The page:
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Conservation covenants on private land: issues with measuring and achieving biodiversity outcomes in Australia
chapterposted on 2016-10-01, 00:00 authored by James FitzsimonsJames Fitzsimons, C Ben Carr
Conservation on private land will be essential for many countries if they are to achieve the target of at least 17 percent of terrestrial and inland waters protected in a representative manner by 2020, in accordance with obligations under the Convention on Biological Diversity. Conservation covenants and easements have already become essential tools to secure biodiversity outcomes on private land in many countries including South Africa, the European Union, and the USA, and the role of these mechanisms will become increasingly important to meet this international target. In Australia, conservation of biodiversity on private land has been an important policy objective for the past few decades. This has been matched with a significant investment in biodiversity conservation efforts in Australia through national funding of programs such as Caring for our Country, the Natural Heritage Trust, and the National Action Plan for Salinity and Water Quality. While there are multiple mechanisms used to achieve this, conservation covenants are the primary mechanism used to protect natural assets on private land in the long term. A conservation covenant is a binding agreement (usually entered into on a voluntary basis) between a landowner and an authorized body to help the landowner protect and manage the environment on their property.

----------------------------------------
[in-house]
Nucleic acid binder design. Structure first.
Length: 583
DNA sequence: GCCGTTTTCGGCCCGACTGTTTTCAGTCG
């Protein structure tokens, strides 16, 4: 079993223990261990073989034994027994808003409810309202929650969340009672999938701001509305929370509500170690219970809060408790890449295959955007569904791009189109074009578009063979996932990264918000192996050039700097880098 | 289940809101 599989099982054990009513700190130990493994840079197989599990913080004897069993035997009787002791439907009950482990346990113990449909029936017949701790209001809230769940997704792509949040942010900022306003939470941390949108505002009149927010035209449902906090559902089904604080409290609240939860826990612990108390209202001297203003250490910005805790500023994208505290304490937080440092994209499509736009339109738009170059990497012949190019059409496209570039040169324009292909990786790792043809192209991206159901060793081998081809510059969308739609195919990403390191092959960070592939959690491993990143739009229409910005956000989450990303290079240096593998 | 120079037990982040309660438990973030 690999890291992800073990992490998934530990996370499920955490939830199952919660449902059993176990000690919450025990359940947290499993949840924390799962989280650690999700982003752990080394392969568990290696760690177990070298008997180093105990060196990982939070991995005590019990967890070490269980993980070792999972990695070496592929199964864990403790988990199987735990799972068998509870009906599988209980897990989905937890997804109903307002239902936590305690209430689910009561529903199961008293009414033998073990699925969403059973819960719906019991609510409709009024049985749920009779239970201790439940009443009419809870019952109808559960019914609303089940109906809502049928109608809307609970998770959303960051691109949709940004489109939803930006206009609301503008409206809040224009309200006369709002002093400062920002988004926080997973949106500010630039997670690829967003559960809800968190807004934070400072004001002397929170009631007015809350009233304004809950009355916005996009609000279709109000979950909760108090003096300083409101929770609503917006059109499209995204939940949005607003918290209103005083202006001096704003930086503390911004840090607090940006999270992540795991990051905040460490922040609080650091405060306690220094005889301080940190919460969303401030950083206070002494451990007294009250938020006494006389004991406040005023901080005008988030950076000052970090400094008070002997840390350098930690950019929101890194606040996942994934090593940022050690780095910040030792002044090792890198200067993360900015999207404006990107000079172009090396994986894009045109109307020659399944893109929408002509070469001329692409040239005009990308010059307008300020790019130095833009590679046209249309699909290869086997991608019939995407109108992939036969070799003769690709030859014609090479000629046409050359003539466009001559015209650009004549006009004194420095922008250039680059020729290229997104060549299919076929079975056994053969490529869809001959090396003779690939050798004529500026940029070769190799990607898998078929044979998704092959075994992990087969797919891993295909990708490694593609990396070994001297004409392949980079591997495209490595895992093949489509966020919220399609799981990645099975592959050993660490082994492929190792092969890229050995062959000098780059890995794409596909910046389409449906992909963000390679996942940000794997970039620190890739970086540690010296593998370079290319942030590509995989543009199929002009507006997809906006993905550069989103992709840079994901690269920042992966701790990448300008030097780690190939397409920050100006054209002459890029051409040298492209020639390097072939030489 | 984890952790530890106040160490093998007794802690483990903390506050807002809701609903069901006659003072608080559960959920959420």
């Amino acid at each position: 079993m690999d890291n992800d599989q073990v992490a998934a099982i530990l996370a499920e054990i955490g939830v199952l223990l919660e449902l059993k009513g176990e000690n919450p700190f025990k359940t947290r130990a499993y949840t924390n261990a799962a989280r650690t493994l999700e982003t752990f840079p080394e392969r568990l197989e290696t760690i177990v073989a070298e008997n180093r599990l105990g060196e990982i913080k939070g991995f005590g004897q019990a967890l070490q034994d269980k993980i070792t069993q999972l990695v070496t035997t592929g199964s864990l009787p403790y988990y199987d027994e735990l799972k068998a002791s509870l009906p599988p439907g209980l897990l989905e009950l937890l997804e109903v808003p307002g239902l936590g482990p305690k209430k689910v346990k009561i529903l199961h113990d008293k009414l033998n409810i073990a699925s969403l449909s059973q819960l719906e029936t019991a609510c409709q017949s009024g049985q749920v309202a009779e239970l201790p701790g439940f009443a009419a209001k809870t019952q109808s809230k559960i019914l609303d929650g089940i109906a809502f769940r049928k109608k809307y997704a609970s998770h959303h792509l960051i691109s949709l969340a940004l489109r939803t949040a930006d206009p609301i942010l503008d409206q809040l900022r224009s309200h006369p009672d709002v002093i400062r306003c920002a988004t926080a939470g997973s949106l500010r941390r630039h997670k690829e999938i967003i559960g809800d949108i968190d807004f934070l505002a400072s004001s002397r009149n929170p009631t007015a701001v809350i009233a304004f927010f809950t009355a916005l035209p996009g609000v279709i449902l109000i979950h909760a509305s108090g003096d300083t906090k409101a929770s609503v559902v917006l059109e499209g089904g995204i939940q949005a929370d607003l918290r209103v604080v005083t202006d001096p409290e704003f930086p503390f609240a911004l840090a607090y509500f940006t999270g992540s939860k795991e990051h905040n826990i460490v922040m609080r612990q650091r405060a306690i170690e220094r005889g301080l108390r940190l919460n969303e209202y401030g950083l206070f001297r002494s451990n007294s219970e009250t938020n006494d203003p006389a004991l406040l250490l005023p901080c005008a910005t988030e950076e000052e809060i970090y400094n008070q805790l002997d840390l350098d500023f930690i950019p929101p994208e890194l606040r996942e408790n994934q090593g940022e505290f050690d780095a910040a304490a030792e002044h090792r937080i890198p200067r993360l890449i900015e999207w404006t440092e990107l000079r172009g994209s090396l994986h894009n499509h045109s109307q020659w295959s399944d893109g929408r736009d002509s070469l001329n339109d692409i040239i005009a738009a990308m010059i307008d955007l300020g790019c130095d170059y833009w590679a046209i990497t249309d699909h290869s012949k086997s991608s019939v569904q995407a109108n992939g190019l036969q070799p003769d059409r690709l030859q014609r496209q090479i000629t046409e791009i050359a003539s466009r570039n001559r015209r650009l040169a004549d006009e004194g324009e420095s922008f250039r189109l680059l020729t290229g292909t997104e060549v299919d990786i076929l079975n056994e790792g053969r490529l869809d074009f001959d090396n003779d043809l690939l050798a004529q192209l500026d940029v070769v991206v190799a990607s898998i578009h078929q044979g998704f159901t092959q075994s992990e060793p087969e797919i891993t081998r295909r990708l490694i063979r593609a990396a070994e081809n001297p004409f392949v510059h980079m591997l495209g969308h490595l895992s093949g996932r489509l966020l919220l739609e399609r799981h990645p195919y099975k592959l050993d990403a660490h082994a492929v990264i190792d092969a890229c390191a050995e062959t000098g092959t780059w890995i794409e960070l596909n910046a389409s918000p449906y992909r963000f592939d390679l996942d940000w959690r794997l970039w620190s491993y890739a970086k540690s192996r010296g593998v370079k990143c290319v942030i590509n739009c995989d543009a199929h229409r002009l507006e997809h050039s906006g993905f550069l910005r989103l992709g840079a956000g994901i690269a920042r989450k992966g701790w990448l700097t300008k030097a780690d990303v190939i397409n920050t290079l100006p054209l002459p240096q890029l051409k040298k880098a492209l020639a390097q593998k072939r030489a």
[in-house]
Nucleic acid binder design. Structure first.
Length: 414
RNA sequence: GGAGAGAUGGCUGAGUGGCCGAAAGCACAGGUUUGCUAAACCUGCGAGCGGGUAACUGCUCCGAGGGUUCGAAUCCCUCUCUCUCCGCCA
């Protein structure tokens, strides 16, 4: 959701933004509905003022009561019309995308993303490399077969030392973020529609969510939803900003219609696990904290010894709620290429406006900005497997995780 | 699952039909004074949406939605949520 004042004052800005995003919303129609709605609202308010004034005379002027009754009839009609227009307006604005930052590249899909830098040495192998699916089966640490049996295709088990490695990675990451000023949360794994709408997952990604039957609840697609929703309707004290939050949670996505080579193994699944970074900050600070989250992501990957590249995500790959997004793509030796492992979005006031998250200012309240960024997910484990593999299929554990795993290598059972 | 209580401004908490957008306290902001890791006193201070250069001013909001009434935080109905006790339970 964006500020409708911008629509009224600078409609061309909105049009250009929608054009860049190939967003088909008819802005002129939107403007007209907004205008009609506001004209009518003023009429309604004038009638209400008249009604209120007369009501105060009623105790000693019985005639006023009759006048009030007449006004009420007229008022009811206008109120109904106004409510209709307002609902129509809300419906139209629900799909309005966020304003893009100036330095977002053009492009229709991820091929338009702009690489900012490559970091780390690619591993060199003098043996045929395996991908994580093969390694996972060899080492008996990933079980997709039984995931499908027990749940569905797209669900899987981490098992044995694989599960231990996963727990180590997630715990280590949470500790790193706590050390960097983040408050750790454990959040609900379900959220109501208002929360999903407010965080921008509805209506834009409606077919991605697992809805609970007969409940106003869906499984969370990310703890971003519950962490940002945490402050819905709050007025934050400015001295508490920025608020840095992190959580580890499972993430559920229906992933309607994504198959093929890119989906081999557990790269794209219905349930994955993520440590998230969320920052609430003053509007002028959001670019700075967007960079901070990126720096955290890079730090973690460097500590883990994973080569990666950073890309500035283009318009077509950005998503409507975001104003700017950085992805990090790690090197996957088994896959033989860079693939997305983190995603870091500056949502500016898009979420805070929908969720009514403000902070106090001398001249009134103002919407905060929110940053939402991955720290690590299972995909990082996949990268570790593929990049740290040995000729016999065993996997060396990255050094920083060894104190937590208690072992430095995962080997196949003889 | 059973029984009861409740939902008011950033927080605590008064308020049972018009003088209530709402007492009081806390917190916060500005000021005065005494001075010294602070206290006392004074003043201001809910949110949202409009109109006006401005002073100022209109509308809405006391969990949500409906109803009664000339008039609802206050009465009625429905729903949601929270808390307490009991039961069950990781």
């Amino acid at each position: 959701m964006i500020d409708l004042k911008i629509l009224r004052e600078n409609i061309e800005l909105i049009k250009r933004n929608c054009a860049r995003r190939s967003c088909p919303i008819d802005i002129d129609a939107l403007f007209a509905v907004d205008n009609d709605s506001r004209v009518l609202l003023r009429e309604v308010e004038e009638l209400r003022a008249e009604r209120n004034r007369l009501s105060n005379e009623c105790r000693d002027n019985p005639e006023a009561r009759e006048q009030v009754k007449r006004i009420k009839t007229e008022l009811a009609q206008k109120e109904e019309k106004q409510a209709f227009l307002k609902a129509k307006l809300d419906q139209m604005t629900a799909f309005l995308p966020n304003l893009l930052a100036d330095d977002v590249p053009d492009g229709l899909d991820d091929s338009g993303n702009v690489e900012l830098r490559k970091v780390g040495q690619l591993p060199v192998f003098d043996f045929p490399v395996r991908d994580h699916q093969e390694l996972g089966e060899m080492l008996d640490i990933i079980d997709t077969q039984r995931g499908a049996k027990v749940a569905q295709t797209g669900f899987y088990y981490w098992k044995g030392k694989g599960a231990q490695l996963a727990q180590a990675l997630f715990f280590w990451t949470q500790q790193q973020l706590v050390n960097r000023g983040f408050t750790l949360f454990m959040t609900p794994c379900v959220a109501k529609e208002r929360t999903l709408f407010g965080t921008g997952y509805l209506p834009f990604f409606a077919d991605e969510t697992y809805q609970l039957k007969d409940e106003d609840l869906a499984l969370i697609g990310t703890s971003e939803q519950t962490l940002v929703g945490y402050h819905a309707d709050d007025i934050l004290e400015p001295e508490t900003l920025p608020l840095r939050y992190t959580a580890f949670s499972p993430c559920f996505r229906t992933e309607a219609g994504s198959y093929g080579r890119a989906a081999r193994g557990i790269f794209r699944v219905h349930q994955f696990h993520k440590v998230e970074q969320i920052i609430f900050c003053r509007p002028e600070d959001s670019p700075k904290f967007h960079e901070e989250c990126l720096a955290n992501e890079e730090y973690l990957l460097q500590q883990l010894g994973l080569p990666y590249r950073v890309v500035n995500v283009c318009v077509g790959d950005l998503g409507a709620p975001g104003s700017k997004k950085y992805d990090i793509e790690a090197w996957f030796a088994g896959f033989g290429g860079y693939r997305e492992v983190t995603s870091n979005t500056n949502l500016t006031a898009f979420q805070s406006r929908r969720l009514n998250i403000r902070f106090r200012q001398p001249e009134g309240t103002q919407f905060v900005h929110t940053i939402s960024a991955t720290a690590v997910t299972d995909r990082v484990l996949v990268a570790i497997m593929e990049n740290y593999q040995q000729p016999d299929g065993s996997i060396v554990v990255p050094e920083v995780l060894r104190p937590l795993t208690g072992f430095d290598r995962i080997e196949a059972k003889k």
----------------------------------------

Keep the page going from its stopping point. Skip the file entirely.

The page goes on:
Title of bookA changing landscape: the conservation easement reader
Pagination514 - 523
PublisherEnvironmental Law Institute
Place of publicationWashington, D.C.
Publication classificationB1 Book chapter
Copyright notice2016, Environmental Law Institute
Editor/Contributor(s)Laurie Ristino, Jessica Jay
CategoriesNo categories selected